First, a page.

Fast-forward a few years later. Along comes Donald Trump, calling himself a Republican and on a mission to become the biggest birther in America. But Trump didn’t go full birther at first. No, no. He had to create some interest. He started slow, by raising questions about what other people were saying and thinking. This is Step Two of his gaslighting method. This is how Trump slyly both advances and denies the very claim he has staked out in Step One. See how this works. “Everybody that even gives a hint of being a birther . . . even a little bit of a hint, like, gee, you know, maybe just maybe this much of a chance, they label them as an idiot,” he told ABC’s Good Morning America on March 17, 2011. Trump wasn’t exactly coming out and saying he was a birther, but he was using his platform to express sympathy toward the large number of birthers who could be watching. He was advancing the narrative without committing himself to it. Gear up the presses! “Is Donald Trump a Birther?” asked Inside Edition. His gaslighting was catching. He got everyone to start asking questions about birtherism. He didn’t have to answer them to make his point. You see, when Trump is gaslighting, he rarely tells an outright lie. When pressed, he avoids specifics but keeps everyone chattering away with speculation on the topic.
The press egged him on, as did the Democrats who thought birtherism would help them by drawing sympathy to President Obama. Obama’s re-election campaign even sold T-shirts and mugs mocking the movement. Trump made himself available for all kinds of high-profile interviews on the subject, denying all the while that he was a real “birther.” He just had a lot of questions about it, you see. “Why doesn’t he show his birth certificate? There’s something on his birth certificate he doesn’t like,” he told the women of The View on March 23, 2011. On March 28, 2011, he told Fox News, “I’m starting to wonder myself whether or not he was born in this country.” Do you see how this advance-and-denial step works? He was only “wondering” about Obama’s citizenship. When this step is carried out correctly, it generates lots of attention. It induces intrigue, laying the groundwork for a much grander narrative. Then he did something that you will learn to recognize as Step Three of his method; he created suspense to keep the media’s interest in him and the subject. Trump promised evidence would come out “soon” to support his inquiries. He told Morning Joe on April 7, 2011, “His [Obama’s] grandmother in Kenya said, ‘Oh, no, he was born in Kenya and I was there and I witnessed his birth.’…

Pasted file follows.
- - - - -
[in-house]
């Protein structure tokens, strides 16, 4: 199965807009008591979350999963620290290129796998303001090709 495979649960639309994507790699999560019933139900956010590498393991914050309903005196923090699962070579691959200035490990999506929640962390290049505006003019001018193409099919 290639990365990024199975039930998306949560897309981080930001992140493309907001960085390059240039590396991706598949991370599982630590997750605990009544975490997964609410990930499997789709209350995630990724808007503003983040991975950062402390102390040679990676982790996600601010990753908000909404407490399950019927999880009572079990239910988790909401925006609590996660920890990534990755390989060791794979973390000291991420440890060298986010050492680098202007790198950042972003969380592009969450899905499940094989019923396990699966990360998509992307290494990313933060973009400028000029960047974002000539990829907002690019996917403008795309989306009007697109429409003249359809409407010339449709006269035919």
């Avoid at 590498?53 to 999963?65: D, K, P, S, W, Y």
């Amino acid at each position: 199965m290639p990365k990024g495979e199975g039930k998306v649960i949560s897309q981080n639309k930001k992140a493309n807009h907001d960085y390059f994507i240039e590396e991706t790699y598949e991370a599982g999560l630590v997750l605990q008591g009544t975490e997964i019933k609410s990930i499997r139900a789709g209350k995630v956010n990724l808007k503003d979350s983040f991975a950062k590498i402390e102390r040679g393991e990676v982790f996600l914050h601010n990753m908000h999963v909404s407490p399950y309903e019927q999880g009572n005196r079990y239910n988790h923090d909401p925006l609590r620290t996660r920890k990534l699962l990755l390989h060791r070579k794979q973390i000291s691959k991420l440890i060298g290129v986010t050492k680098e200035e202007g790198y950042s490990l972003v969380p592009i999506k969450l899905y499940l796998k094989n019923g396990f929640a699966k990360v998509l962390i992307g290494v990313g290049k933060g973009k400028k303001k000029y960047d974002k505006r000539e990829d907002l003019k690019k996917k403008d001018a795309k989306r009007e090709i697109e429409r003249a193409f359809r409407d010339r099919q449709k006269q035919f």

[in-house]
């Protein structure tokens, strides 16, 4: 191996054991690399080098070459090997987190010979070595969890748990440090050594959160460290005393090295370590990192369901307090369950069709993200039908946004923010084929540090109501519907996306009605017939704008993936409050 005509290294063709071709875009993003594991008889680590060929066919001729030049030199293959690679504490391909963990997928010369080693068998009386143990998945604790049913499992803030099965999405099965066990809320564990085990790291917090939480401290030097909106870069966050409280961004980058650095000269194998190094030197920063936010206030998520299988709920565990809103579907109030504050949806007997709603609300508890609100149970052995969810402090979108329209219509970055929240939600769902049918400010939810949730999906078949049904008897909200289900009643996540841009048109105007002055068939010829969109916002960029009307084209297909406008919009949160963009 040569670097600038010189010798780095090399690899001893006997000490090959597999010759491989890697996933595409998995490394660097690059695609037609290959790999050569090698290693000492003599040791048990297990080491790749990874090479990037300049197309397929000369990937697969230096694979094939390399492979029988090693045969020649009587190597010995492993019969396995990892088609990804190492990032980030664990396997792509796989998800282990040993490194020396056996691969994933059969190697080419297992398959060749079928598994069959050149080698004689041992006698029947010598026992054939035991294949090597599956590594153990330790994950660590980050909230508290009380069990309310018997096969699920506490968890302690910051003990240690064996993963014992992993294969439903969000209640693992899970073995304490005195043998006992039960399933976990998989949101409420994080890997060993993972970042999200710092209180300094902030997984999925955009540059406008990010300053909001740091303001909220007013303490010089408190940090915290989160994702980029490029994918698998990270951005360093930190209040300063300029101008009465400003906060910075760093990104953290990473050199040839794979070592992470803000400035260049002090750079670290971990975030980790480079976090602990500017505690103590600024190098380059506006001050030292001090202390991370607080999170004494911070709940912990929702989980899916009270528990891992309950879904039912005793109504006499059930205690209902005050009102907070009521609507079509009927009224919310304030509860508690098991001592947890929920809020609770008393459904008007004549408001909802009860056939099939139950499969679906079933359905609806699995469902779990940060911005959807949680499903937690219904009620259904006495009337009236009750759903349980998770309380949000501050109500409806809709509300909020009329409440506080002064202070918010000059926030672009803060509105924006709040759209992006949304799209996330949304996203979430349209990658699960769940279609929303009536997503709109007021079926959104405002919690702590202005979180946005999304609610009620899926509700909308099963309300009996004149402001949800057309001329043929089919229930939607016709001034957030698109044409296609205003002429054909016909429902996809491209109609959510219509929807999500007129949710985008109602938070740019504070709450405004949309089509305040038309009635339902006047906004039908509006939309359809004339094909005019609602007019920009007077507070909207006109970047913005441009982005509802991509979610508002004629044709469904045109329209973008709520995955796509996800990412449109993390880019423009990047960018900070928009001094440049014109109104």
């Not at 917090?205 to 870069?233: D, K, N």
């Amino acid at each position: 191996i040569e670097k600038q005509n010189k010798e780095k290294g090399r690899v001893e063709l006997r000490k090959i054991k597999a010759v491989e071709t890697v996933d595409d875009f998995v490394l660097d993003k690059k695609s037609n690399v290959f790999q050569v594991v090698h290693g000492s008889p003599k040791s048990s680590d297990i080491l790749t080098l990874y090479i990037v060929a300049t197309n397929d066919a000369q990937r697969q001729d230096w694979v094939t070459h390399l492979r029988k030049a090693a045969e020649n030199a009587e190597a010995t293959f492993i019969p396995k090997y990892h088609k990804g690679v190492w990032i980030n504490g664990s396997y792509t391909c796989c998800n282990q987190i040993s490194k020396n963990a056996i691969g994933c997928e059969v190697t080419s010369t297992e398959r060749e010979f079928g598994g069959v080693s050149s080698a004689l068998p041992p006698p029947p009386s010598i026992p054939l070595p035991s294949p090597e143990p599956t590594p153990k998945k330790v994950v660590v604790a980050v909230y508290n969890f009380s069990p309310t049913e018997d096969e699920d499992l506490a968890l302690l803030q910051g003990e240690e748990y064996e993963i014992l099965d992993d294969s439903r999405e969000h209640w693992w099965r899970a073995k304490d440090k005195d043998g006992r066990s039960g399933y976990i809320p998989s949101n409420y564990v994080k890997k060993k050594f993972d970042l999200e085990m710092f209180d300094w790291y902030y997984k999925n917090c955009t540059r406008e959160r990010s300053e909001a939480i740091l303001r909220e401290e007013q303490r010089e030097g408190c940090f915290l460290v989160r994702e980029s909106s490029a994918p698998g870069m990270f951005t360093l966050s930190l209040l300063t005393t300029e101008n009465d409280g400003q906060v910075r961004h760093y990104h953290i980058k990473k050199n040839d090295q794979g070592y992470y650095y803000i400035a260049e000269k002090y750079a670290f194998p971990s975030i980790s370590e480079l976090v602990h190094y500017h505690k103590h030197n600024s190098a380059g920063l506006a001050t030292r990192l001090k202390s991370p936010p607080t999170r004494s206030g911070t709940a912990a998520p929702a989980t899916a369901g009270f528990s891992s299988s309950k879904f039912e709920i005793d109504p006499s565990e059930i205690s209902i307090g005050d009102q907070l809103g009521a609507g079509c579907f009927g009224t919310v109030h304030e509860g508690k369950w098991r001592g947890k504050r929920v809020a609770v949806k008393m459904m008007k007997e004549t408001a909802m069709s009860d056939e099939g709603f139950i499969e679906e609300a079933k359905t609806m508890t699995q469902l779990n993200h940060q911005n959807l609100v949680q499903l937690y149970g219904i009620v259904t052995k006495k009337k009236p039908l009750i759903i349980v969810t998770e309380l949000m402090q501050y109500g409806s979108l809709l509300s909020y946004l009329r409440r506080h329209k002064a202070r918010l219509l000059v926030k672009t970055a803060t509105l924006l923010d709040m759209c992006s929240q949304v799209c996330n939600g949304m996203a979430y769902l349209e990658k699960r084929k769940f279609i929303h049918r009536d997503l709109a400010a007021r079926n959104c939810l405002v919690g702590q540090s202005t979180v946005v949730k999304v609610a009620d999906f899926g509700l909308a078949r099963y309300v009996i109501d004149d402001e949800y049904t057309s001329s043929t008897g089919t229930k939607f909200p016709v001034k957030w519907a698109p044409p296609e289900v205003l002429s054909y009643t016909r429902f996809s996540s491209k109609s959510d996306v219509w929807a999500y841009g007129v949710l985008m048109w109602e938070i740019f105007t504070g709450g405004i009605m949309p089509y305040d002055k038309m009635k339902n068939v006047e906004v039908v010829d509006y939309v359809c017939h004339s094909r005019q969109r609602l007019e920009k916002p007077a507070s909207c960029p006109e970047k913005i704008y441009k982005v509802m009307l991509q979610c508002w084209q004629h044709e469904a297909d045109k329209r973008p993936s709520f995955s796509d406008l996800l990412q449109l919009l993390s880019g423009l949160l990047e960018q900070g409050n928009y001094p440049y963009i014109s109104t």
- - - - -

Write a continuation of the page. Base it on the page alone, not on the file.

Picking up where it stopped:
Obama, however, did finally produce his birth certificate on April 27, 2011, after Trump stoked questions in the press over it for six weeks straight. In doing so, Obama lectured the press for having their priorities wrong. He pointed out that he was in the middle of a big budget debate with Republicans but “the dominant news story wasn’t about these huge, monumental choices that we’re gonna have to make as a nation, it was about my birth certificate.” Without saying exactly who was responsible, Obama vented about the “carnival barkers” and “sideshow” that had been created. The people who pushed “just make stuff up and pretend that facts are not facts,” Obama said. “I have been puzzled at the degree to which this thing just kept on going.”

A rational person would have thought the story would end there. But Trump had no interest in rationality. The issue was too politically fruitful to let go of so easily. Besides, Trump had found other GOP politicians who were willing to play along. In October 2011 Texas governor and then–2012 presidential hopeful Rick Perry had dinner with Trump. No one knows for certain what they talked about, but pretty soon after that Perry was on the birther bandwagon, happily taking cheap shots at President Obama. Perry told CNBC, “It’s fun to poke at him a little bit and say, ‘Hey, how about—let’s see your grades and your birth certificate . . . it’s a good issue to keep alive.” It sure was. For Trump.